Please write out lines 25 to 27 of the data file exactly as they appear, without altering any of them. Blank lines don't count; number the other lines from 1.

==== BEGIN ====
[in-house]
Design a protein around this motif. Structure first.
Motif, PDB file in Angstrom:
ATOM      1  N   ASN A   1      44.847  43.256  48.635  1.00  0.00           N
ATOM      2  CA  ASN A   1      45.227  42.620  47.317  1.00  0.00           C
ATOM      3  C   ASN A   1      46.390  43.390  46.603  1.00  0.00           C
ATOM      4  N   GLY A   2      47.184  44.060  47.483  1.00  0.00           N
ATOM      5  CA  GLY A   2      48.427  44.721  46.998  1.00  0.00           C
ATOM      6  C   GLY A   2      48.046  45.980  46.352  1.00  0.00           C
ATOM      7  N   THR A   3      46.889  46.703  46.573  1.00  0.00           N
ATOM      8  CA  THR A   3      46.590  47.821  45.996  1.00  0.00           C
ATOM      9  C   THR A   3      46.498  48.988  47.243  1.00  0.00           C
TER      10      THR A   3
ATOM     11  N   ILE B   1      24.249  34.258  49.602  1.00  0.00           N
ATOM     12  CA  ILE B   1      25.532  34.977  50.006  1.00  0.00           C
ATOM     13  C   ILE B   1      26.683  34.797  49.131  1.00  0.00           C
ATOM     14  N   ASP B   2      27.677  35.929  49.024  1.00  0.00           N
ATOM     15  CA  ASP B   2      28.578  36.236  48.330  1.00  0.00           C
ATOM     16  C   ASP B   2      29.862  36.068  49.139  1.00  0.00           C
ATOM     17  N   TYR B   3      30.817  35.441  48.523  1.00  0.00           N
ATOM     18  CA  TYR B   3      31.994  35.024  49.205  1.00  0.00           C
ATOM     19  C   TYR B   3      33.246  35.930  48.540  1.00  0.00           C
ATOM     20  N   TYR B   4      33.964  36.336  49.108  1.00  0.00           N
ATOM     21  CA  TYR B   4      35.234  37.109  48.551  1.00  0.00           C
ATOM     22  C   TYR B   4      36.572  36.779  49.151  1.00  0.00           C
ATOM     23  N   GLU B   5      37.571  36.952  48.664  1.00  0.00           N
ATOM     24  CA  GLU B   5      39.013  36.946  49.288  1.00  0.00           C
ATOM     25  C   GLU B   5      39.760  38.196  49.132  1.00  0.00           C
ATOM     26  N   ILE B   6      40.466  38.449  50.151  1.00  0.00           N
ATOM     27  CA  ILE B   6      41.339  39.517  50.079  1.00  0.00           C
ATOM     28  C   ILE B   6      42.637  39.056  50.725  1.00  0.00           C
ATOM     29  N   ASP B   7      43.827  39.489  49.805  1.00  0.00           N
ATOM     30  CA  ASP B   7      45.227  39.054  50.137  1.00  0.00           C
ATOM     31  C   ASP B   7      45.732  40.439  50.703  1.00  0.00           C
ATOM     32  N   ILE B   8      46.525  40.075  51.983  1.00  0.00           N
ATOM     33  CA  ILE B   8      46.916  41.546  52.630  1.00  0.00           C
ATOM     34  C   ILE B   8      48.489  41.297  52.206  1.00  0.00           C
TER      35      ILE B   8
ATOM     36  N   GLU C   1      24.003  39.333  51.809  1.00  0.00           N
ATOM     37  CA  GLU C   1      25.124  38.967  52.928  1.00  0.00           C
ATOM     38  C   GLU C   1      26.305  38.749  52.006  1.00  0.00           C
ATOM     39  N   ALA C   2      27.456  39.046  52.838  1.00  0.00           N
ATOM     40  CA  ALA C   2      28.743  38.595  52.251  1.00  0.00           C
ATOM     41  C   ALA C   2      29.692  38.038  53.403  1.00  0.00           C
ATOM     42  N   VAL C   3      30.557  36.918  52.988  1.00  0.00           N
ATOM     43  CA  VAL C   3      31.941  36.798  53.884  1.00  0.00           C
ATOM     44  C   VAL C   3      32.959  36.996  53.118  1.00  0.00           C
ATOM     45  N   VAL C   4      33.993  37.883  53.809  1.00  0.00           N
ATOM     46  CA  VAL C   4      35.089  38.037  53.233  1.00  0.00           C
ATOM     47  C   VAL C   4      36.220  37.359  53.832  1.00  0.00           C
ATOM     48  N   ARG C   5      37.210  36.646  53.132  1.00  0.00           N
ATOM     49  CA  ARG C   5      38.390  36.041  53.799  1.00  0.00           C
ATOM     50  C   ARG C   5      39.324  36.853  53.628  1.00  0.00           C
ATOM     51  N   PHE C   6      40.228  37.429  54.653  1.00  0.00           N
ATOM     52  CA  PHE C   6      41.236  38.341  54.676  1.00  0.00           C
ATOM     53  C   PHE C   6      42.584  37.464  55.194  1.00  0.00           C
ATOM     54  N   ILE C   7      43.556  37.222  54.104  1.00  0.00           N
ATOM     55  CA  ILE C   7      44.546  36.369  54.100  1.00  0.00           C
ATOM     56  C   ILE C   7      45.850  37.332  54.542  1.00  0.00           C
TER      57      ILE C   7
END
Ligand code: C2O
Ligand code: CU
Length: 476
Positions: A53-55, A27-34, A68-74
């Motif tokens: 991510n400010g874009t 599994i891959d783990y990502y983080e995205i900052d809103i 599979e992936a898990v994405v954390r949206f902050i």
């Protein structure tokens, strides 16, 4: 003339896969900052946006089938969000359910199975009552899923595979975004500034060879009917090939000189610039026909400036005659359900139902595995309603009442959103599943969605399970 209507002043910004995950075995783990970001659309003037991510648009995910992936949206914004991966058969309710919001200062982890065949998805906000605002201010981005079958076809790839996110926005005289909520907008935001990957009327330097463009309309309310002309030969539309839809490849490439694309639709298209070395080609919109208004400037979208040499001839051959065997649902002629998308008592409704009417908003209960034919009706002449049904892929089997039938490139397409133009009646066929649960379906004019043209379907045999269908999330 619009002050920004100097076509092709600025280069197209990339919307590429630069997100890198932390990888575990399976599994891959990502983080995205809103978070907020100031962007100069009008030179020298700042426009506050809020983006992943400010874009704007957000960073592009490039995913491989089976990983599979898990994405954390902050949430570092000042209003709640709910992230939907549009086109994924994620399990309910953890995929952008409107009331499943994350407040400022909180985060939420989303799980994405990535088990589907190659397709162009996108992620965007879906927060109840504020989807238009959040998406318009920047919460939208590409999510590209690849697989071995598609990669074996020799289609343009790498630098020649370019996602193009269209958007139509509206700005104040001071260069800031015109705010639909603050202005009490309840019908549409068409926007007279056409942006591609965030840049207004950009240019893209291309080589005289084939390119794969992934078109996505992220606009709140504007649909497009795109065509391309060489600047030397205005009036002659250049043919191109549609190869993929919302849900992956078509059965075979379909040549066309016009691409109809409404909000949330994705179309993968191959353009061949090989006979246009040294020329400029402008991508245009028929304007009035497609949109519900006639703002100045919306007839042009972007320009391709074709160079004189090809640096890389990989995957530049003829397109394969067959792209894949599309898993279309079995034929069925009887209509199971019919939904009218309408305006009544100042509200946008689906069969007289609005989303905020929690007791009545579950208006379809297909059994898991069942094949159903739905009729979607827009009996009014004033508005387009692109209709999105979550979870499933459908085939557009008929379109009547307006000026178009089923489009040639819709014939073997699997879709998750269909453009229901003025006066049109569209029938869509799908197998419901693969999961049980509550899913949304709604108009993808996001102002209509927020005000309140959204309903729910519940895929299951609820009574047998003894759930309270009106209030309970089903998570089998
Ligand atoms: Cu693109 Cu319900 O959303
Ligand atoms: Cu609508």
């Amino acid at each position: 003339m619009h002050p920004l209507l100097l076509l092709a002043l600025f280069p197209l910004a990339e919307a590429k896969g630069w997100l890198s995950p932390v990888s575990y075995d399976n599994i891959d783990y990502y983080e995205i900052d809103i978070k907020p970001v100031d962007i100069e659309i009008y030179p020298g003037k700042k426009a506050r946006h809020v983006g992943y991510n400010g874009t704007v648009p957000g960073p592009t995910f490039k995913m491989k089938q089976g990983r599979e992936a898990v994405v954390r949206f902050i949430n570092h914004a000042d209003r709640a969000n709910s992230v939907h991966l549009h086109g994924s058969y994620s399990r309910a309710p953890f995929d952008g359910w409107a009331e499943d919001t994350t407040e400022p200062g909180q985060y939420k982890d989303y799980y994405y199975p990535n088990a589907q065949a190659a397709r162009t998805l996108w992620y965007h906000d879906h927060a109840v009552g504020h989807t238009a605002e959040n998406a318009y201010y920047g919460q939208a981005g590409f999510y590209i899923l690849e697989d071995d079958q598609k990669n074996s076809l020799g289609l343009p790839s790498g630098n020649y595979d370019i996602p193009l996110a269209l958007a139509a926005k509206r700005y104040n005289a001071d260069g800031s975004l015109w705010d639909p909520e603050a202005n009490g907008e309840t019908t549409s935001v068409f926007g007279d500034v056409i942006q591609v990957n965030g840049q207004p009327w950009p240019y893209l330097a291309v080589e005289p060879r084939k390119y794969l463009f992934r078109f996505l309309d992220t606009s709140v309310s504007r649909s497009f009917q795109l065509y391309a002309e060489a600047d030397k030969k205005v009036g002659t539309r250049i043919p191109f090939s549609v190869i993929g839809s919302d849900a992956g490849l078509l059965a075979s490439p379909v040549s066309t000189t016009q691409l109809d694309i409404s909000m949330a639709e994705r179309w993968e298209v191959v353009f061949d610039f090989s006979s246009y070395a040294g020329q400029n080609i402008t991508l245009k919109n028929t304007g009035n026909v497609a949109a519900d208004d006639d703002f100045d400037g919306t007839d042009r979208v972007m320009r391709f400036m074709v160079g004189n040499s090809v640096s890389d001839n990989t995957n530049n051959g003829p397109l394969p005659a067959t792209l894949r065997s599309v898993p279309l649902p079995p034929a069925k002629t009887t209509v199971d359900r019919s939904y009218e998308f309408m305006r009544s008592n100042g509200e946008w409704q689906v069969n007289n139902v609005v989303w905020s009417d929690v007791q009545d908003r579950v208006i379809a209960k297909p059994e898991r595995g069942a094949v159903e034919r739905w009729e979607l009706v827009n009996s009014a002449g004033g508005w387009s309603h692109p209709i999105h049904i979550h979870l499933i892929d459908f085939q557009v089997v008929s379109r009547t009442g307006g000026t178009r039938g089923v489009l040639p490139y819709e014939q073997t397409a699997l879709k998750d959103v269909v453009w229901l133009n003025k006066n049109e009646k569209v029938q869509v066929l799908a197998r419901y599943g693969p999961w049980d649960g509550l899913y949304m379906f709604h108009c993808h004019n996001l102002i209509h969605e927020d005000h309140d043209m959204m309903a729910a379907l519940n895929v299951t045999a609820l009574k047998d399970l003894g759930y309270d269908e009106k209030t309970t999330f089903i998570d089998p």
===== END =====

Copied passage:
ATOM     22  C   TYR B   4      36.572  36.779  49.151  1.00  0.00           C
ATOM     23  N   GLU B   5      37.571  36.952  48.664  1.00  0.00           N
ATOM     24  CA  GLU B   5      39.013  36.946  49.288  1.00  0.00           C